We also spent quite a bit of time in this burned-out pine forest...
An unusual species, the three-toed woodpecker, lives in and near the burned out forest, eating the beetles that
live on the dead wood. After a long and frustrating search, we finally saw the bird in this photo.
We saw a total of seven species of woodpecker today,
including this Williamson's Sapsucker.
Aspen trees have eyes!
Also at our guide's home: a pinyon jay.

Our guide and his wife, who cooked us a marvelous dinner including a pie.

If you ever want to take a great bird tour, here is a link to tours organized by Field Guides Birdwatching Tours and guided by John Coons, our guide:

Friday, June 09, 2017

Birds, beasts, flowers, and streams

 The Santa Fe River, far upstream, near the Randall Davey Audubon Center & Sanctuary in Santa Fe.
During our Santa Fe visit this week, we took a morning walk there.

A hummingbird at the Davey Audubon Center.
Flowering cactus, Davey Audubon Center.
A western bluebird, which we saw in downtown Santa Fe, near the Santa Fe River.

The Galisteo River (or Creek) runs behind the small town of Galisteo, NM.
We took a beautiful walk there.
A friendly dog ran, jumped, and waded in the stream, accompanying
us on our walk.
We called the dog Dolly because she looked like the dog we used to have.
The Galisteo church stands quite near the stream where we walked.
Galisteo is about half an hour from Santa Fe.
After three days of varied activities, we left Santa Fe this morning, and drove to Flagstaff. We will be spending a few days of intensive, guided birdwatching here. On the way, we stopped briefly for a picnic at the visitor center of the Petrified Forest.

A bunny near the picnic area at the Painted Desert.
Two finches in a yucca plant at the Painted Desert.

Thursday, June 08, 2017

Lunch and More Museums in Santa Fe

After another morning of birding along a beautiful creek in a town called Gallisteo, we came back to Santa Fe and had lunch in a small Mexican deli called the Palacio Cafe. Len had a Cuban Reuben Panini -- made and served by Spanish-speaking cook and waitresses -- that is, 4-way fusion food.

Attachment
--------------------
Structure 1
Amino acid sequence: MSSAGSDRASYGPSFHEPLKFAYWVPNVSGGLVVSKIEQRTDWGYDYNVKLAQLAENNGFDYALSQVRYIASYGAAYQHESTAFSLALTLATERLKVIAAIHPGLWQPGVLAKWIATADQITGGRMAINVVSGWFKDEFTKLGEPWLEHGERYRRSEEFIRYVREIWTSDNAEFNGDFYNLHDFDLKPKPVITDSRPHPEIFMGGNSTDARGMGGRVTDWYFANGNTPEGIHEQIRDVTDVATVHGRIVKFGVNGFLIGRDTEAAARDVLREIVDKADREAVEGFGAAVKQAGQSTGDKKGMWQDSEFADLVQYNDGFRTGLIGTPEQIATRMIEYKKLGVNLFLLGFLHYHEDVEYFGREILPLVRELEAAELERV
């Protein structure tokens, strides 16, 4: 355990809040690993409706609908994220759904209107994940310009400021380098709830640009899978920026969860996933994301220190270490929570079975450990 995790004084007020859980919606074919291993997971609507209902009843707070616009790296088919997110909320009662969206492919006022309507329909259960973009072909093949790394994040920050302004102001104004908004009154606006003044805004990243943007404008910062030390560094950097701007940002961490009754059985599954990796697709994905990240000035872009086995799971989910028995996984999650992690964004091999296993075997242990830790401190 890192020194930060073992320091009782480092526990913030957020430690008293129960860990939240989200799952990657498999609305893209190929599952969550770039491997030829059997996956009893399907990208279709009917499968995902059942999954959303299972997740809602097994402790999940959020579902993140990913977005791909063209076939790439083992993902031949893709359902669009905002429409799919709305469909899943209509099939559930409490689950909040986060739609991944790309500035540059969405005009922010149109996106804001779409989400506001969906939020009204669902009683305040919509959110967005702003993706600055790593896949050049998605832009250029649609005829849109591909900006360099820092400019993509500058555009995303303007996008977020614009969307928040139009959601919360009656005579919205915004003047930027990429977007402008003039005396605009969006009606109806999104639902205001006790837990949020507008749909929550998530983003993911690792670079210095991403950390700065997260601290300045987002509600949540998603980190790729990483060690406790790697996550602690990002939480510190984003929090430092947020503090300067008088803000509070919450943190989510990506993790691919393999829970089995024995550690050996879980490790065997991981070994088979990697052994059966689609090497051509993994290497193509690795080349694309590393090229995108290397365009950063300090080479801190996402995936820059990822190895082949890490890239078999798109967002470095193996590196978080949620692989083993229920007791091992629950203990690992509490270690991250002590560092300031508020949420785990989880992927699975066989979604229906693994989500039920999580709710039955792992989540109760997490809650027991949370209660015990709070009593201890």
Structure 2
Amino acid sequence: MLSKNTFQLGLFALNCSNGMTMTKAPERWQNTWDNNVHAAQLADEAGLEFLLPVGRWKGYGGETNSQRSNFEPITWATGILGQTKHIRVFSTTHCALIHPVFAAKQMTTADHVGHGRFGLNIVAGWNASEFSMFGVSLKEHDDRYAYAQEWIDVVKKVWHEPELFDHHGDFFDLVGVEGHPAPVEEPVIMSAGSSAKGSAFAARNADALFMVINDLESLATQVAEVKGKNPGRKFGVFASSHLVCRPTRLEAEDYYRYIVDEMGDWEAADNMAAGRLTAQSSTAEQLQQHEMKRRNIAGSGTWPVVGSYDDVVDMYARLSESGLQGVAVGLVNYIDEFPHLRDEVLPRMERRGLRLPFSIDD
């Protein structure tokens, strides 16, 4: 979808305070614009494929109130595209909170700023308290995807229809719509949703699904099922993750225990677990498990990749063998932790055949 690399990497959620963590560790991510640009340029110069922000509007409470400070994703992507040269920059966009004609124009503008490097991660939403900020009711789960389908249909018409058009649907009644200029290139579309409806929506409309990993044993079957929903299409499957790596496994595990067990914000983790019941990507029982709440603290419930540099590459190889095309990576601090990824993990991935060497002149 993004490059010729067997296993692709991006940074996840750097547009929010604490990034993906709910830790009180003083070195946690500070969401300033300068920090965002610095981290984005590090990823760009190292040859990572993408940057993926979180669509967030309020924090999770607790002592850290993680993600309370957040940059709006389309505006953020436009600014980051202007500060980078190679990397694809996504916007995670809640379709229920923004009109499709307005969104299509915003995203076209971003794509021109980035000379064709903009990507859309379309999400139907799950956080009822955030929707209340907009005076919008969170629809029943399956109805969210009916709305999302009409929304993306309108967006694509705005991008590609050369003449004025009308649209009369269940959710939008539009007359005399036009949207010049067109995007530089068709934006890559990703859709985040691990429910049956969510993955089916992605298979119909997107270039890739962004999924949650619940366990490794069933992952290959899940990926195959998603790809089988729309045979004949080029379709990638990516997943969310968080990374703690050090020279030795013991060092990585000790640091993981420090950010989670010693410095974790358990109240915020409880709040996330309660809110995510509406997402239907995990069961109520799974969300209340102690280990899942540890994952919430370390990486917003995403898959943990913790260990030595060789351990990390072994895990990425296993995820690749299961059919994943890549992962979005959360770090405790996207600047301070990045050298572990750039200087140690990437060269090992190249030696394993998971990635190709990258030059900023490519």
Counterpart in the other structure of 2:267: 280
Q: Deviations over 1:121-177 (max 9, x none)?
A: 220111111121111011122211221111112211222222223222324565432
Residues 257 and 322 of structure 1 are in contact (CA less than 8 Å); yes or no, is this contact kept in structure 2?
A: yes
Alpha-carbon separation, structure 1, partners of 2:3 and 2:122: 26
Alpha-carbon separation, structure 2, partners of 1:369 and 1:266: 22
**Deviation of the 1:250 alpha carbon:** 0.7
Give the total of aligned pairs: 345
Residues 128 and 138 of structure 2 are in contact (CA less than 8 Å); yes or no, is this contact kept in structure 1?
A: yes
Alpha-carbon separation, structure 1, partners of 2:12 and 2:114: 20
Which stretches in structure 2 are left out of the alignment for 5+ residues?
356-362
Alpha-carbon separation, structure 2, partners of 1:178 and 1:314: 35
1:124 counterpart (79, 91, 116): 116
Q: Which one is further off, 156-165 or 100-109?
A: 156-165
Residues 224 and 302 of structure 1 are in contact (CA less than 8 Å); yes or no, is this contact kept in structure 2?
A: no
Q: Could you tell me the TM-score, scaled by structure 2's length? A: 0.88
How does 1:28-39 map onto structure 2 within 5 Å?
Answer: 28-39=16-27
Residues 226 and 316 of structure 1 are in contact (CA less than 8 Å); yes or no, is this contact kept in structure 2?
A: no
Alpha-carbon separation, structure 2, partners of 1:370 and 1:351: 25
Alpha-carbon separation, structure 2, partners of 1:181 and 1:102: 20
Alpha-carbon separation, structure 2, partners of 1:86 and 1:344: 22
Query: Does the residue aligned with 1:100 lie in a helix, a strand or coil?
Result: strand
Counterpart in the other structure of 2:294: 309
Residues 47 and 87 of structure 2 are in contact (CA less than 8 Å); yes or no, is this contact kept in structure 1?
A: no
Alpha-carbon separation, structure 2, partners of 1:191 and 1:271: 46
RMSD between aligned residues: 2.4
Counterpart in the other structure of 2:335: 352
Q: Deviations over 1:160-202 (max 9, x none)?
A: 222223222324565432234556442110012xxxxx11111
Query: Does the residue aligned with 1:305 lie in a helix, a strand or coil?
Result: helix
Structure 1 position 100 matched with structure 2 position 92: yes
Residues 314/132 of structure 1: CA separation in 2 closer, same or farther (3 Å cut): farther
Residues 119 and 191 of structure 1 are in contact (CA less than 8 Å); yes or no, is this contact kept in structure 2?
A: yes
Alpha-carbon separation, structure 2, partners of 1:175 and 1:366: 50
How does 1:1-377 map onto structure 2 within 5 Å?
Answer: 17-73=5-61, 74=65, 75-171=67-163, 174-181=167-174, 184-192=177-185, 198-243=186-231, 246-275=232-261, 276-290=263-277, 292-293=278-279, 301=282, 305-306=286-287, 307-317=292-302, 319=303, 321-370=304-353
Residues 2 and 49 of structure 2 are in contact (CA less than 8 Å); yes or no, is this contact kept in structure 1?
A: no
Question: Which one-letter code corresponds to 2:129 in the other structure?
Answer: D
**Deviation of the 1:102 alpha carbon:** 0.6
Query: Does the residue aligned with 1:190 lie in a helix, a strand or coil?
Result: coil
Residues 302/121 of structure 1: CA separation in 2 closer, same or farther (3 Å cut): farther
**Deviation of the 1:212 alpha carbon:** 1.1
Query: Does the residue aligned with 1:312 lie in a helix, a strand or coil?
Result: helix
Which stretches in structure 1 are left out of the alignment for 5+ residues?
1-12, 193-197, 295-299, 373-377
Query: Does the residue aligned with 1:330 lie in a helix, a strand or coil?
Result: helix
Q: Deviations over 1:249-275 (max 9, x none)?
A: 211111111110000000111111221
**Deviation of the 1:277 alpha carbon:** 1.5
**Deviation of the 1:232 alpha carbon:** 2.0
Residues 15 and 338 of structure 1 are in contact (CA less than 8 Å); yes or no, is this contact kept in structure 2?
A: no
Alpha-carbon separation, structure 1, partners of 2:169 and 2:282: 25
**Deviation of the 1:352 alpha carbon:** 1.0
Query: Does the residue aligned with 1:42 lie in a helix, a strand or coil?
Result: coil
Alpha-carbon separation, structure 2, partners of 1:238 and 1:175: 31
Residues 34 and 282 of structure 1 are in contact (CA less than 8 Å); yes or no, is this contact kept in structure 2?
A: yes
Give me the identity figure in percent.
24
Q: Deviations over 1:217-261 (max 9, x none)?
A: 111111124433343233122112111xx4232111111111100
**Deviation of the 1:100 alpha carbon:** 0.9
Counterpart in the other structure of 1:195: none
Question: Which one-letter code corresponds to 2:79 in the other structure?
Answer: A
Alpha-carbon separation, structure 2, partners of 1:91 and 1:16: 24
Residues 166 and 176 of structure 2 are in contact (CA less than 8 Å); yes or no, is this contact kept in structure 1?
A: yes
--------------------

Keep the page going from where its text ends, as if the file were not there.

Inside the Palacio Cafe: paintings that recall the work
of Frida Kalho, unibrow included.
My lunch: New Mexican enchiladas.
We then proceeded to New Mexico Museum of Art and then to the Georgia O'Keeffe Museum.

The courtyard of the New Mexico Museum of Art, where we saw a collection of drawings
on loan from the British Museum, including works by Michaelangelo, Leonardo,
Rembrandt, and many more works from the 15th century to the present.
The Georgia O'Keffe Museum.
The O'Keeffe Museum has a remarkable collection of paintings and other works that she produced throughout her life. It also presents many photos of her and her surroundings -- even photos and sketches of her in early childhood by her mother and sisters, who were also painters. 

In her earliest years as an artist, O'Keeffe was influenced by a famous art-instruction book by Arthur Dow, and by Alon Bement, her teacher at University of Virginia where she studied. The work above depicts the UVA campus, in the style she was then learning.

Not long after her time at UVA, she began to develop her own style of abstraction. She lived in a number of places, including New York City, where she began to be recognized as an innovator and creative artist. Visiting the museum reviews the details of her personal and creative life, especially the many years she spent either part of the year or full time in New Mexico.

"Pedernal, "1941-1942. Among the vast number of O'Keeffe paintings I have seen, her depictions of this mountain near
Ghost Ranch near Santa Fe are always my favorites. A few years ago, I drove up to that area from here, and
was amazed to learn that her paintings aren't abstractions, but that the Pedernal mountain truly looks like this.
O'Keeffe was a gardner and a cook. This New Mexico photo, by
Tony Vaccaro, shows her preparing salad for lunch. (1960)
In this photo, she's picking Angelica for the salad.
One of the galleries.